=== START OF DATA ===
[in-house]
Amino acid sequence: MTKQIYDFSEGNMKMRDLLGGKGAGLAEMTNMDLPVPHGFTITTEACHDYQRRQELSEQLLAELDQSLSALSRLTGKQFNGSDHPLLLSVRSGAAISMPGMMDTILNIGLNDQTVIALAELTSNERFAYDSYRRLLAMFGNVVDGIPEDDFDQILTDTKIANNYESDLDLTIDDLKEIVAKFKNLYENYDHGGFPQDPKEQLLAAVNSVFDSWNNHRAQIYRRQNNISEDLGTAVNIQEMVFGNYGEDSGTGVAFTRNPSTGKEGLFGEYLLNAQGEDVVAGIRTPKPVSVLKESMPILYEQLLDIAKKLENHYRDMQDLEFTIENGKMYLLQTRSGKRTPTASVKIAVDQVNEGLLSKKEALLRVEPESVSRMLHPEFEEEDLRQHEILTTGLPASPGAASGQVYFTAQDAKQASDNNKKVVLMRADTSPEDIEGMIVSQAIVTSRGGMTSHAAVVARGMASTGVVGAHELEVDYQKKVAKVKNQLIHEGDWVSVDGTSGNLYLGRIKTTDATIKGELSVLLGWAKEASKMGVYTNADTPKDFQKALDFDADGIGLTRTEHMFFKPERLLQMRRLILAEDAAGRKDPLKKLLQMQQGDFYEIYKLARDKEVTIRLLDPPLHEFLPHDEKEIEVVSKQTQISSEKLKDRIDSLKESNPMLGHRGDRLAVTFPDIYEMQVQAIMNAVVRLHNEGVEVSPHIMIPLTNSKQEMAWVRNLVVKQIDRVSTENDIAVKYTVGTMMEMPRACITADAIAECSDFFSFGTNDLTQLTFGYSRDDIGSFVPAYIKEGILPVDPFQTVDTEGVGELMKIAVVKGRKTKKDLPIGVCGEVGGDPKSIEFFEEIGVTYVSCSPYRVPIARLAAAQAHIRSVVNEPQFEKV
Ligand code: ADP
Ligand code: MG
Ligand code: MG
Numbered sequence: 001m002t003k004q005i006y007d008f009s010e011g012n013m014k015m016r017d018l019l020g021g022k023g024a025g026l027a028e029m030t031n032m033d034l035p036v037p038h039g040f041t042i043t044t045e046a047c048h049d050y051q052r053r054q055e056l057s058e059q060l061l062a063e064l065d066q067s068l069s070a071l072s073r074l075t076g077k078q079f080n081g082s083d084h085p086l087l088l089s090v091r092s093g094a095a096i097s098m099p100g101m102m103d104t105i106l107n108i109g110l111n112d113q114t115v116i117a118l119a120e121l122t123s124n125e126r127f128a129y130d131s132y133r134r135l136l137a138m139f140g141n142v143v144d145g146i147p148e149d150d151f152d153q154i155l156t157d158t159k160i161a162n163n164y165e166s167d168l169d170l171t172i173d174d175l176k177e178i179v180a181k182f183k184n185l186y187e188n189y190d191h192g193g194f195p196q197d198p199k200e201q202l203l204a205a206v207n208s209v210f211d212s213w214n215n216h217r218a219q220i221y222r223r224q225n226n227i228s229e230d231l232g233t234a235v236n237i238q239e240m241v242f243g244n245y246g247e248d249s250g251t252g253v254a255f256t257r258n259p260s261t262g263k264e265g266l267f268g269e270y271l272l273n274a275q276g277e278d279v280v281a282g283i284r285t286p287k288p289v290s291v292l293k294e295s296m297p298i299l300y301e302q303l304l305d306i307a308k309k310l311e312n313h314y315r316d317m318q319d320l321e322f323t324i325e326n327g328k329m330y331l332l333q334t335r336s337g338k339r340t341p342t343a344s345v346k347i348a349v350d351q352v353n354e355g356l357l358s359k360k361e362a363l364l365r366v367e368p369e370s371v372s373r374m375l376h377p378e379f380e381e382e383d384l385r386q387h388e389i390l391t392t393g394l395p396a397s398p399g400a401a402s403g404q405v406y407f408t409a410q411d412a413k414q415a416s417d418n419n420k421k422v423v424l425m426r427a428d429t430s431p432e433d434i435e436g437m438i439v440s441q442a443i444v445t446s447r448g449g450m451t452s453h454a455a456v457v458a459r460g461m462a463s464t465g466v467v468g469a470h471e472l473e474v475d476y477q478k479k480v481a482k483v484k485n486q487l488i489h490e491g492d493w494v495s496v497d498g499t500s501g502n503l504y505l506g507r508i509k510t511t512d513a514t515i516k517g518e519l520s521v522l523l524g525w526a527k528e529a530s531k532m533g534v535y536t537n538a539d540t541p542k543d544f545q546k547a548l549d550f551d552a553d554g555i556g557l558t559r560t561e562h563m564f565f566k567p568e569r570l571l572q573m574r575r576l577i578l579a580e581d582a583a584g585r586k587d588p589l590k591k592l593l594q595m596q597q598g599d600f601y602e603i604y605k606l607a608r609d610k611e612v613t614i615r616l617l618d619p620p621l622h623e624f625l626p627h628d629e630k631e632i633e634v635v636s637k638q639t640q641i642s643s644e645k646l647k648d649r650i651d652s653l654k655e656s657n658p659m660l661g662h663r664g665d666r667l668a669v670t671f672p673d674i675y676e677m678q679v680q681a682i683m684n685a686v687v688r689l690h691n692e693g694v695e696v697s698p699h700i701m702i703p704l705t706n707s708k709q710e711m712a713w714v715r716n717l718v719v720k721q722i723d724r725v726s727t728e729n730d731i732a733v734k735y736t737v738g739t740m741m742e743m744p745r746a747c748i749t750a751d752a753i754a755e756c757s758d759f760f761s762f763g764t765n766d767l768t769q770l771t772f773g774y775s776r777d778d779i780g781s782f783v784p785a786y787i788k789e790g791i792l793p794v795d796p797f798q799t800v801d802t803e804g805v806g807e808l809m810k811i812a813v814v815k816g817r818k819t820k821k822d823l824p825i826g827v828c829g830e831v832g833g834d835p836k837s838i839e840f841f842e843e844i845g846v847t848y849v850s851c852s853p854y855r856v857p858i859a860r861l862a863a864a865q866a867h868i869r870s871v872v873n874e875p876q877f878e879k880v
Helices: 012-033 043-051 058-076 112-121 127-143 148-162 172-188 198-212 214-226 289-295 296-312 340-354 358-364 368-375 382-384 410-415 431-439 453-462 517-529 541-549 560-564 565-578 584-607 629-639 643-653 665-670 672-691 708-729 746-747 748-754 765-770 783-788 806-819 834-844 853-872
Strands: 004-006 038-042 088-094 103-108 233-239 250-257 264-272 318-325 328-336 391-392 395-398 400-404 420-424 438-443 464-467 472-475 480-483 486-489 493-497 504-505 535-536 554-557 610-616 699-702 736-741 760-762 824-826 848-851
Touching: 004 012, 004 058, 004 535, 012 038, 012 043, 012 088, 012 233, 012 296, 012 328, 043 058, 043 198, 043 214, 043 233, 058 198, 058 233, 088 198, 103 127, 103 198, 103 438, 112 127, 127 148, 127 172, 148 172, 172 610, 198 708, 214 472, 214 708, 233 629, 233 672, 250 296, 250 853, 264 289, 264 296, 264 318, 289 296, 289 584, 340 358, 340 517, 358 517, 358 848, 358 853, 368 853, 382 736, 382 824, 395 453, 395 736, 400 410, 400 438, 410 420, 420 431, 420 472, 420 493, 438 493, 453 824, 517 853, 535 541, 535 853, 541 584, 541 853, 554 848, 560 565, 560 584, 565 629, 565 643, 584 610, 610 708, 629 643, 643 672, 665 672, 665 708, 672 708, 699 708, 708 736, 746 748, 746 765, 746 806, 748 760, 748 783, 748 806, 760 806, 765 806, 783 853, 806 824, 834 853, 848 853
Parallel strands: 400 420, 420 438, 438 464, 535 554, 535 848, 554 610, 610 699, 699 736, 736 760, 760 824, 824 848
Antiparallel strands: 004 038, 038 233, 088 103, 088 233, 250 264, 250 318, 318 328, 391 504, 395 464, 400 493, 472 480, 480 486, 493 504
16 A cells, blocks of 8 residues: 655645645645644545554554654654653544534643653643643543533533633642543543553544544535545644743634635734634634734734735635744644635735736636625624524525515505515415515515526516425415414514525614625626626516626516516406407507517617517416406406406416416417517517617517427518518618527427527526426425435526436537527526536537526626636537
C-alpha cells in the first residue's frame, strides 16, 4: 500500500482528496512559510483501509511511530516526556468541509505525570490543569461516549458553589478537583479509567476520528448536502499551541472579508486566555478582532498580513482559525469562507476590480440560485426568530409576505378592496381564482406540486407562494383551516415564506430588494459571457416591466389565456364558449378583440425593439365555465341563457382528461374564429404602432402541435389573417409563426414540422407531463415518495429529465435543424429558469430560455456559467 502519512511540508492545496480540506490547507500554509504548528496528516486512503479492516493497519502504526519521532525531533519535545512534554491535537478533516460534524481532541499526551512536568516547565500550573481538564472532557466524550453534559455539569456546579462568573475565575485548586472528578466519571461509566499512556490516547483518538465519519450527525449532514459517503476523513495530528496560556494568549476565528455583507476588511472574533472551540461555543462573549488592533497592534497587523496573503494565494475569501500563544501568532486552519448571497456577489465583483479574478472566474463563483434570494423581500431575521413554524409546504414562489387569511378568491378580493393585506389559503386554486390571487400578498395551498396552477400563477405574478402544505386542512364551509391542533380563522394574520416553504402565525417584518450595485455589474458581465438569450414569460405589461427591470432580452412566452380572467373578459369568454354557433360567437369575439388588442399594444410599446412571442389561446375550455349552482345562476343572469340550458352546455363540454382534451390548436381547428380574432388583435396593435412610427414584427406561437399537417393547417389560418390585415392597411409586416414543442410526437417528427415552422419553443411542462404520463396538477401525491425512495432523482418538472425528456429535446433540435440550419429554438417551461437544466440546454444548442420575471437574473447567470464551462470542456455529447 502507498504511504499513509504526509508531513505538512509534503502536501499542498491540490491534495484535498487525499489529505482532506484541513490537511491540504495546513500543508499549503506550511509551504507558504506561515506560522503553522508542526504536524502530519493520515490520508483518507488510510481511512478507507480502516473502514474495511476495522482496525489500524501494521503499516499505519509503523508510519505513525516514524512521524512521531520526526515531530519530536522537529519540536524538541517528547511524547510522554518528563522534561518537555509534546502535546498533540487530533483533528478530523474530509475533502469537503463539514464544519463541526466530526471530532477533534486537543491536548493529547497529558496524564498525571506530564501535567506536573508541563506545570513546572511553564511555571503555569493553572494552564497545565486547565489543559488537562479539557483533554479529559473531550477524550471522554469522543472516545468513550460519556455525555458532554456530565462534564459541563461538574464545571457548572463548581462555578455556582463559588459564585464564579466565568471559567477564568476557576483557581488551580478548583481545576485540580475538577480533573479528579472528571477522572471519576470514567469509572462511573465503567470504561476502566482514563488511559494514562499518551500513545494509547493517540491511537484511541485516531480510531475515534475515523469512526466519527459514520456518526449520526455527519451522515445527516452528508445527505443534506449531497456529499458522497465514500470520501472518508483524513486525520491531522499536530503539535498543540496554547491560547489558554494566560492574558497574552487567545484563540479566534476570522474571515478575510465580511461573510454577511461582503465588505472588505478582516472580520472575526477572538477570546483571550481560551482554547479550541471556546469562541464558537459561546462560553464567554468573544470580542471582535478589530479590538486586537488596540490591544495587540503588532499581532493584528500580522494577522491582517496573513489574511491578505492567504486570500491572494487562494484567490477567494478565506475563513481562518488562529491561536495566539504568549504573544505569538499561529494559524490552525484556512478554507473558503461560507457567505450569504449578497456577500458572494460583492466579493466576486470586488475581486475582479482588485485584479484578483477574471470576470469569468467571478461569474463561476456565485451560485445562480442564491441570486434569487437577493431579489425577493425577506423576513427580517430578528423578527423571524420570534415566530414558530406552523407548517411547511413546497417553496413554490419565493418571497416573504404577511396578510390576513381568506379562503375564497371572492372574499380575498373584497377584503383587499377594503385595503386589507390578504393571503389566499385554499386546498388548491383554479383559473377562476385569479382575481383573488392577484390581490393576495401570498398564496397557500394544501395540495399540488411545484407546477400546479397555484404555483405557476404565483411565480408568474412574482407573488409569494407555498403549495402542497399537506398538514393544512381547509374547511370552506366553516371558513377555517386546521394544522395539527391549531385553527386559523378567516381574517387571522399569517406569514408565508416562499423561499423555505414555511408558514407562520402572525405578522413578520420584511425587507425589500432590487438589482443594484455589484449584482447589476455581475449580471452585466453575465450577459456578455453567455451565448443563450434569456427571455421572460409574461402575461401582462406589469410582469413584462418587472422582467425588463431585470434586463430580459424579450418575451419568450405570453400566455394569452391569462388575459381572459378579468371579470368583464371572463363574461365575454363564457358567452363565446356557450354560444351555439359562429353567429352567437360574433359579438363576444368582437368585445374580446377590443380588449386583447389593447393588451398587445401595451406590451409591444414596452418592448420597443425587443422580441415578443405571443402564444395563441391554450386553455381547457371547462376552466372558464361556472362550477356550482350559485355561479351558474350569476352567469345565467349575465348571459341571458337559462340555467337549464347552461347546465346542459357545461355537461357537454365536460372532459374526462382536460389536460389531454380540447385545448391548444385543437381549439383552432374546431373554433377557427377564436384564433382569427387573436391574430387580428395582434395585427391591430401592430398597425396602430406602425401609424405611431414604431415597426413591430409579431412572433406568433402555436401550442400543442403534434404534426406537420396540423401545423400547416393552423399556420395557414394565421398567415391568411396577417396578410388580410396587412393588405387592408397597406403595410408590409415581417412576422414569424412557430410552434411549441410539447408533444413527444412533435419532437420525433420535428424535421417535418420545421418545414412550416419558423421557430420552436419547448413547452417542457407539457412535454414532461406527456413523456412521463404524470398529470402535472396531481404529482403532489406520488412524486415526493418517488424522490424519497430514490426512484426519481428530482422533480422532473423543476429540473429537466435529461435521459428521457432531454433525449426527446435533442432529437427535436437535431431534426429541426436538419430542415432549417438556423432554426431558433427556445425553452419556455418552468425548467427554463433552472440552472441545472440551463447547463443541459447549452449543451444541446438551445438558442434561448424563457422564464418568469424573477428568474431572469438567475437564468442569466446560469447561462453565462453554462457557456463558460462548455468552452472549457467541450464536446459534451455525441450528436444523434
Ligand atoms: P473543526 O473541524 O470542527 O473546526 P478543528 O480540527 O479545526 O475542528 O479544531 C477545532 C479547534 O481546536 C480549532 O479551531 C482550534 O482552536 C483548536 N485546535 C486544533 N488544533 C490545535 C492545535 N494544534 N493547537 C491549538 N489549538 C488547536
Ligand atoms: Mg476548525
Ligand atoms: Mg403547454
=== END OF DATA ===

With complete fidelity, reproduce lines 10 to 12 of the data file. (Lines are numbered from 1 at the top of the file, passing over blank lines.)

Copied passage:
Parallel strands: 400 420, 420 438, 438 464, 535 554, 535 848, 554 610, 610 699, 699 736, 736 760, 760 824, 824 848
Antiparallel strands: 004 038, 038 233, 088 103, 088 233, 250 264, 250 318, 318 328, 391 504, 395 464, 400 493, 472 480, 480 486, 493 504
16 A cells, blocks of 8 residues: 655645645645644545554554654654653544534643653643643543533533633642543543553544544535545644743634635734634634734734735635744644635735736636625624524525515505515415515515526516425415414514525614625626626516626516516406407507517617517416406406406416416417517517617517427518518618527427527526426425435526436537527526536537526626636537